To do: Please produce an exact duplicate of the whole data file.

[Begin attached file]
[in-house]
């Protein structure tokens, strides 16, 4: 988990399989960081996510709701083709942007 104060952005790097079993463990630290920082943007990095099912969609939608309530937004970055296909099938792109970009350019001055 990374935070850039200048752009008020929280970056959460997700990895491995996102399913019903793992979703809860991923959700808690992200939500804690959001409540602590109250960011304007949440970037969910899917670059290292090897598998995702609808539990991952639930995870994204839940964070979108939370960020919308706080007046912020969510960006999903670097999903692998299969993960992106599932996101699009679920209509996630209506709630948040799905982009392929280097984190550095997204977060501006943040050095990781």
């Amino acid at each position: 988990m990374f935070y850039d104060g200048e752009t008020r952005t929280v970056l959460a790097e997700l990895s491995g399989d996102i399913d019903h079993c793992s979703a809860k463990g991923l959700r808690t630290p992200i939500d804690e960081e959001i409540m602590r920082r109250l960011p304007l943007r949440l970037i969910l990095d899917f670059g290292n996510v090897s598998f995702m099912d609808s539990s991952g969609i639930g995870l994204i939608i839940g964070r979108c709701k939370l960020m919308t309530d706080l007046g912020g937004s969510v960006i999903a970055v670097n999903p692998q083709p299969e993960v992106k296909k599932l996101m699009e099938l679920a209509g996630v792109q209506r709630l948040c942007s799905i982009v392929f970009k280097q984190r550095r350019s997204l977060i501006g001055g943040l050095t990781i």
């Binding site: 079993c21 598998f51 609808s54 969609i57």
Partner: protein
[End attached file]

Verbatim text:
[in-house]
């Protein structure tokens, strides 16, 4: 988990399989960081996510709701083709942007 104060952005790097079993463990630290920082943007990095099912969609939608309530937004970055296909099938792109970009350019001055 990374935070850039200048752009008020929280970056959460997700990895491995996102399913019903793992979703809860991923959700808690992200939500804690959001409540602590109250960011304007949440970037969910899917670059290292090897598998995702609808539990991952639930995870994204839940964070979108939370960020919308706080007046912020969510960006999903670097999903692998299969993960992106599932996101699009679920209509996630209506709630948040799905982009392929280097984190550095997204977060501006943040050095990781």
């Amino acid at each position: 988990m990374f935070y850039d104060g200048e752009t008020r952005t929280v970056l959460a790097e997700l990895s491995g399989d996102i399913d019903h079993c793992s979703a809860k463990g991923l959700r808690t630290p992200i939500d804690e960081e959001i409540m602590r920082r109250l960011p304007l943007r949440l970037i969910l990095d899917f670059g290292n996510v090897s598998f995702m099912d609808s539990s991952g969609i639930g995870l994204i939608i839940g964070r979108c709701k939370l960020m919308t309530d706080l007046g912020g937004s969510v960006i999903a970055v670097n999903p692998q083709p299969e993960v992106k296909k599932l996101m699009e099938l679920a209509g996630v792109q209506r709630l948040c942007s799905i982009v392929f970009k280097q984190r550095r350019s997204l977060i501006g001055g943040l050095t990781i």
């Binding site: 079993c21 598998f51 609808s54 969609i57």
Partner: protein